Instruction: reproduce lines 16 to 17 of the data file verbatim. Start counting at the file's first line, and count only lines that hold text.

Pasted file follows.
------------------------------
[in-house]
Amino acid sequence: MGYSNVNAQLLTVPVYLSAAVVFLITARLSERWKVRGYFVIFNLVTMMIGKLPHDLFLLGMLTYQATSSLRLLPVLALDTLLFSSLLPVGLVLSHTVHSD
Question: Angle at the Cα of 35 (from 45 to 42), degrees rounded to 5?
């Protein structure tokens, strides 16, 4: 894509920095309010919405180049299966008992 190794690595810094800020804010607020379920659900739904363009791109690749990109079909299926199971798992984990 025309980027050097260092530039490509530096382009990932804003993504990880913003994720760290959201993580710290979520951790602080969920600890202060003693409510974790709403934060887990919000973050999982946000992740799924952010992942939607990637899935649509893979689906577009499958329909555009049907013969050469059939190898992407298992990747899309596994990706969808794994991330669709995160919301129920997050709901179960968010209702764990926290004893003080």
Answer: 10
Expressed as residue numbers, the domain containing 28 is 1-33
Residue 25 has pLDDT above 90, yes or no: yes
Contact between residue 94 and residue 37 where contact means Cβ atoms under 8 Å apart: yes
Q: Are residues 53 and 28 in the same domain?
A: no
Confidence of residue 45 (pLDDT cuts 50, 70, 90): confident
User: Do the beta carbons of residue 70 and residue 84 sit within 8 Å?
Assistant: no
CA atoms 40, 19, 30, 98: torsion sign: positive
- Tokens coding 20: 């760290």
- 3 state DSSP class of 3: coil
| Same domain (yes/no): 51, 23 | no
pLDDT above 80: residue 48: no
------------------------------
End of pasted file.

- 3 state DSSP class of 3: coil
| Same domain (yes/no): 51, 23 | no